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Gambling policy is a hobby horse for politicians and an easy target for wider concerns about human behaviour. Steve Donoughue argues that we need to view concerns in the context of history and the liberalisation of advertising and markets.

Anyone under the age of 30 would be forgiven for thinking gambling has always been a normal part of our commerce and culture.  Commercial television channels carry advertisements encouraging viewers to play online bingo or enter online poker tournaments. The nation’s high streets are home to clusters of bright new betting shops openly advertising their wares in their windows. And – seemingly – every other newsagent will happily sell its customers a lottery ticket as well as their daily paper.

However, in reality the visibility of gambling, the range of opportunities to gambling and the number of us actually gambling are all very new phenomena. Until 1960 it was illegal to gamble anywhere other than a racecourse or a dog-racing track. These restrictions were put in place by our Victorian forebears in order to suppress the thousands of betting and gaming houses across the land that were corrupting the morals of the working classes (and were causing many members of the aristocracy to lose their family estates).

The preceding – 18th – century had been the high point for European gambling. Although our modern television dramas present the lives of men-in-tall-hats and women-in-Empire-necklines as being one long social whirl, in truth there was comparatively little ready entertainment available to much of the population. As a result, drinking or gambling – or a combination of the two – became many people’s preferred forms of recreation. And in this period it was considered gentlemanly to ’go deep’ and gamble more than one could afford. Much of Britain’s burgeoning sports culture was created as a medium for betting: wrestling, boxing, foot racing, tennis and even cricket. Indeed many of our governing bodies of sports owe their existence to a desire for consistent rules and regulations so that the betting could be fair. Gambling was an honourable activity where gentlemen competed against gentlemen and the lower orders found escape from the monotony of their daily struggle.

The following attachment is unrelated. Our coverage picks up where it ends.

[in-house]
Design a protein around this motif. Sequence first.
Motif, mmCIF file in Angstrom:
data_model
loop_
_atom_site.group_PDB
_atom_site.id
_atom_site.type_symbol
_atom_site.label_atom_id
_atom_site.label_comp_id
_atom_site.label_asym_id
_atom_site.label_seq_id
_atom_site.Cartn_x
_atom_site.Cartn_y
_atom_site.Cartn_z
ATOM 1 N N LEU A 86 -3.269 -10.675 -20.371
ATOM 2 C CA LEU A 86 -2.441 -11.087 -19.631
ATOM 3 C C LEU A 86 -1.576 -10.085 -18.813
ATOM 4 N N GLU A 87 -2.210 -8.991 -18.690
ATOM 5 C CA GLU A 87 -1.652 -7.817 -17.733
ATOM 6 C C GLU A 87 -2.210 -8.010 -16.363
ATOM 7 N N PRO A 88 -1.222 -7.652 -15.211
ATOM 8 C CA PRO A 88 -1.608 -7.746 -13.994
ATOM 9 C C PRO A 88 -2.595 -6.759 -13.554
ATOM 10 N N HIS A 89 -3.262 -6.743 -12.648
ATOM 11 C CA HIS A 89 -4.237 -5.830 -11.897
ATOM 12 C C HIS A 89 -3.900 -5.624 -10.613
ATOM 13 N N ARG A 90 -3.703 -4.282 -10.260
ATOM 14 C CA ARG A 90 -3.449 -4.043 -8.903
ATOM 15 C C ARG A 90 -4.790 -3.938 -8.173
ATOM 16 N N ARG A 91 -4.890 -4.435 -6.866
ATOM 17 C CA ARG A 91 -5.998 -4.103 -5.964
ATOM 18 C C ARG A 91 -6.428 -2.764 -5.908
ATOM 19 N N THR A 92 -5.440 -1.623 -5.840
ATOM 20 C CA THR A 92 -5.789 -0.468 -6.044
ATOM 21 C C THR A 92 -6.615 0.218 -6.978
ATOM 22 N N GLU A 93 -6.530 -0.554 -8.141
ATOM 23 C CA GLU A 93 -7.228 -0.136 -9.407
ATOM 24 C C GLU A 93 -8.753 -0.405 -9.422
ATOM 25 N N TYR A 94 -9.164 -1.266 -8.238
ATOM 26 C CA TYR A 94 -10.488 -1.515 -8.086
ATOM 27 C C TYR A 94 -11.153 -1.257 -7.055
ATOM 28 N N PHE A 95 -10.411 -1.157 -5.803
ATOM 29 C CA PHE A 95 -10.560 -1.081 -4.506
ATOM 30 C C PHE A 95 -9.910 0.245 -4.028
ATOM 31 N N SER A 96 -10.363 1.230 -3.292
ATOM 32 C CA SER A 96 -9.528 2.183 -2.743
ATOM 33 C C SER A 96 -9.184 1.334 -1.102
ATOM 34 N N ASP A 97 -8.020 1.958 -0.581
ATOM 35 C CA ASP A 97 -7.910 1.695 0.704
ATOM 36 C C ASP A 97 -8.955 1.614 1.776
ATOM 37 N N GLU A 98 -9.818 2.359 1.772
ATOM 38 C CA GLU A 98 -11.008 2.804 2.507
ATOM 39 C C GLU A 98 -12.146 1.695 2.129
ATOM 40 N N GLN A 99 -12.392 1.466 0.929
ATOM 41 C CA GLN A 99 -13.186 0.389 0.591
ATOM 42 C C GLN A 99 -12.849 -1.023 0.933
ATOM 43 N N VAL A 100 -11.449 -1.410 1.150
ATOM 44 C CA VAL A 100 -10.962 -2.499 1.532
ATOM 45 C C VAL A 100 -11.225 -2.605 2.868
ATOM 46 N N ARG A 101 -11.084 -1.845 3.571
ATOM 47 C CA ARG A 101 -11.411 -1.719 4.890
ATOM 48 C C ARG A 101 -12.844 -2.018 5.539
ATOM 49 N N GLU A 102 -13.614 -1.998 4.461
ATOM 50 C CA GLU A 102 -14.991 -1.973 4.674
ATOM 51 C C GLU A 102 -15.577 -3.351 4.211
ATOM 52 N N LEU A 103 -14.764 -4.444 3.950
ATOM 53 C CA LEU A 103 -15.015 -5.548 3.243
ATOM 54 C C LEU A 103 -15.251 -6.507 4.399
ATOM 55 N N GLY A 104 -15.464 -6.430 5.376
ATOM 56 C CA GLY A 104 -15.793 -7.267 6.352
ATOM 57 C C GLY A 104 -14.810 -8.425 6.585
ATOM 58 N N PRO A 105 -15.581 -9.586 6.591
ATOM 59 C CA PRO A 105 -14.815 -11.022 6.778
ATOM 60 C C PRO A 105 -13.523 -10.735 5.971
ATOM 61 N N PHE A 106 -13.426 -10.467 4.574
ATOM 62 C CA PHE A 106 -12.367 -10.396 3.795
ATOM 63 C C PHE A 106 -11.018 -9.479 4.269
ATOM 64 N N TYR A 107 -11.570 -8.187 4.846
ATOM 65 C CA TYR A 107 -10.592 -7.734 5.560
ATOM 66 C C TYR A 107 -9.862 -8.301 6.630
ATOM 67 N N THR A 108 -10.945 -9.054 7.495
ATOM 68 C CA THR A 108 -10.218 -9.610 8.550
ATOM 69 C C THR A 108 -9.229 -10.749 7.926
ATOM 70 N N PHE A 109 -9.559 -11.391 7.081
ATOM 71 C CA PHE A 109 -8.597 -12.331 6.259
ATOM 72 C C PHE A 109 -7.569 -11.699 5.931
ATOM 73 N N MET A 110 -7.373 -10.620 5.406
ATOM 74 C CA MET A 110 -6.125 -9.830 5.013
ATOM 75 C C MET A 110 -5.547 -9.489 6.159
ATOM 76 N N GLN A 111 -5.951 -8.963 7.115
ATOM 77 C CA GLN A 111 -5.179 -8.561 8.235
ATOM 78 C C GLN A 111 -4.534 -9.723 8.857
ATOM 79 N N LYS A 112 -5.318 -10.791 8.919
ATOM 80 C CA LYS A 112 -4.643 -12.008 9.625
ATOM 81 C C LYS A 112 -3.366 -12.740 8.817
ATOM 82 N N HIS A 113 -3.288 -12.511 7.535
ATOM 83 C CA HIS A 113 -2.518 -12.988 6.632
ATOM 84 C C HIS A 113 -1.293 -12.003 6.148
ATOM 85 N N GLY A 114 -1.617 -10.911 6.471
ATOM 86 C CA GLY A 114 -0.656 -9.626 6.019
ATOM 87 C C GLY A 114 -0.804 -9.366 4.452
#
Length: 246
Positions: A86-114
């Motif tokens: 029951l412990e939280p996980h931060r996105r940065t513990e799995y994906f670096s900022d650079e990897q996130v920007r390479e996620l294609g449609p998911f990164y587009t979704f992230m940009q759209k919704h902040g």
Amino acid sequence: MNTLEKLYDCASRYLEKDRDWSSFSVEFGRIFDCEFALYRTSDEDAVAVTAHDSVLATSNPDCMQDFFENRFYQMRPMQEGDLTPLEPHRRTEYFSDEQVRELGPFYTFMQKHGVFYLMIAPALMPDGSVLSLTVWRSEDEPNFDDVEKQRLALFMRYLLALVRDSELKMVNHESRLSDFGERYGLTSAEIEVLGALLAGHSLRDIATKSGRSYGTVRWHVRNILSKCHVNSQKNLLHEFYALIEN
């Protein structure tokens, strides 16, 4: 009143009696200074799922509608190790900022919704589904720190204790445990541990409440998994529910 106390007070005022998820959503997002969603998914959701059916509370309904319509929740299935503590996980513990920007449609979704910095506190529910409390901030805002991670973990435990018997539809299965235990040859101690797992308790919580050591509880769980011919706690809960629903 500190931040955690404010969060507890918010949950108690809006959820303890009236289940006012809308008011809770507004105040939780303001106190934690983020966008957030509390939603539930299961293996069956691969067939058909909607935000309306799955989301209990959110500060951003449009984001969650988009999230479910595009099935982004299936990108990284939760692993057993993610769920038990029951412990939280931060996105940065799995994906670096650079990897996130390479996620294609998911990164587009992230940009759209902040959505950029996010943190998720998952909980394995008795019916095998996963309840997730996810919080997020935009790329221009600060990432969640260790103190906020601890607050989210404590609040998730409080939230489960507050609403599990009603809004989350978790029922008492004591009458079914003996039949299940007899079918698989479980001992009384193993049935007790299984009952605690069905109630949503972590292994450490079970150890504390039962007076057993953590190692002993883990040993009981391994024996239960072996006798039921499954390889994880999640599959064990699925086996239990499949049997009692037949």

The introduction by the Victorians of what was effectively Prohibition ensured that gambling went underground and allowed organised crime to fill the breach. In poorer areas, criminals provided illegal bookmaking and illicit gambling dens. In richer ones, the wealthy continued to enjoy their private gaming and wagering.  It would take a century of lawbreaking, three Royal Commissions and lobbying from the Police Federation that the laws were out of date, widely ignored and leading to the corruption of police officers before gambling was legalised… after a fashion.

Between 1960 and 2007, gambling legislation and regulation revolved around the notion of “unstimulated demand”. Gambling could be offered, but nothing could be done to encourage people to gamble.  Advertising was restricted to the point where casinos could advise customers of their existence only through small, purely factual ‘small ads’. And betting shops were required to prevent passers-by from seeing the interior of the premises. The politician Rab Butler is alleged to have said that “someone leaving a betting shop should feel like they are leaving a brothel”.

Regulation was ratcheted up further in the late 1960s with the creation of the Gaming Board for Great Britain, which was created to police the activities of casinos, bingo halls and amusement arcades. Somewhat surprisingly there were few objections to this paternalist approach from either within or outwith the industry. Equally surprisingly this approach proved highly effective, and – unlike many other countries – gambling in Britain remained largely free from crime and our system of regulation came to be widely envied.